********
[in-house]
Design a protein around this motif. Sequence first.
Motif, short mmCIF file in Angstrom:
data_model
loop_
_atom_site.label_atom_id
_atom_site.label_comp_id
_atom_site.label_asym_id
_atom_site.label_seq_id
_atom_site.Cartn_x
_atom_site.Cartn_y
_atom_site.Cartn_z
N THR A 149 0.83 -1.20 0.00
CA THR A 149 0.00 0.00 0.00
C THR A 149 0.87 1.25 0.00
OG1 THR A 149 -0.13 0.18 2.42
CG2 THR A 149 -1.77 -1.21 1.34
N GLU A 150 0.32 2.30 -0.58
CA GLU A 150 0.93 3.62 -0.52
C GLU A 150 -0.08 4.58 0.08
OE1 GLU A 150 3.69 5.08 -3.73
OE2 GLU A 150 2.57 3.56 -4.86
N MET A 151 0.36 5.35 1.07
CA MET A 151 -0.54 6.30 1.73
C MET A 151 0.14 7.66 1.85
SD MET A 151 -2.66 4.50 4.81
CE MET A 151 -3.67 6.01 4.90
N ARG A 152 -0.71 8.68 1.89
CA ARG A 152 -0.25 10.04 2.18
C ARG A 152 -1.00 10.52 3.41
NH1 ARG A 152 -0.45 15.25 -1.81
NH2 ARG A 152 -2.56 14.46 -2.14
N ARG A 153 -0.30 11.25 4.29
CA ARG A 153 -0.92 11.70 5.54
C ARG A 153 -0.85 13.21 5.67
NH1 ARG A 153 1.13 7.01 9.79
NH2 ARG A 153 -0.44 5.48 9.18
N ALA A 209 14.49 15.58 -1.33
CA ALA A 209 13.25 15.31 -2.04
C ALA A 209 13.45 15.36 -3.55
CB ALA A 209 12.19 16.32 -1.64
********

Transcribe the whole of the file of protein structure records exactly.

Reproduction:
[in-house]
Design a protein around this motif. Sequence first.
Motif, short mmCIF file in Angstrom:
data_model
loop_
_atom_site.label_atom_id
_atom_site.label_comp_id
_atom_site.label_asym_id
_atom_site.label_seq_id
_atom_site.Cartn_x
_atom_site.Cartn_y
_atom_site.Cartn_z
N THR A 149 0.83 -1.20 0.00
CA THR A 149 0.00 0.00 0.00
C THR A 149 0.87 1.25 0.00
OG1 THR A 149 -0.13 0.18 2.42
CG2 THR A 149 -1.77 -1.21 1.34
N GLU A 150 0.32 2.30 -0.58
CA GLU A 150 0.93 3.62 -0.52
C GLU A 150 -0.08 4.58 0.08
OE1 GLU A 150 3.69 5.08 -3.73
OE2 GLU A 150 2.57 3.56 -4.86
N MET A 151 0.36 5.35 1.07
CA MET A 151 -0.54 6.30 1.73
C MET A 151 0.14 7.66 1.85
SD MET A 151 -2.66 4.50 4.81
CE MET A 151 -3.67 6.01 4.90
N ARG A 152 -0.71 8.68 1.89
CA ARG A 152 -0.25 10.04 2.18
C ARG A 152 -1.00 10.52 3.41
NH1 ARG A 152 -0.45 15.25 -1.81
NH2 ARG A 152 -2.56 14.46 -2.14
N ARG A 153 -0.30 11.25 4.29
CA ARG A 153 -0.92 11.70 5.54
C ARG A 153 -0.85 13.21 5.67
NH1 ARG A 153 1.13 7.01 9.79
NH2 ARG A 153 -0.44 5.48 9.18
N ALA A 209 14.49 15.58 -1.33
CA ALA A 209 13.25 15.31 -2.04
C ALA A 209 13.45 15.36 -3.55
CB ALA A 209 12.19 16.32 -1.64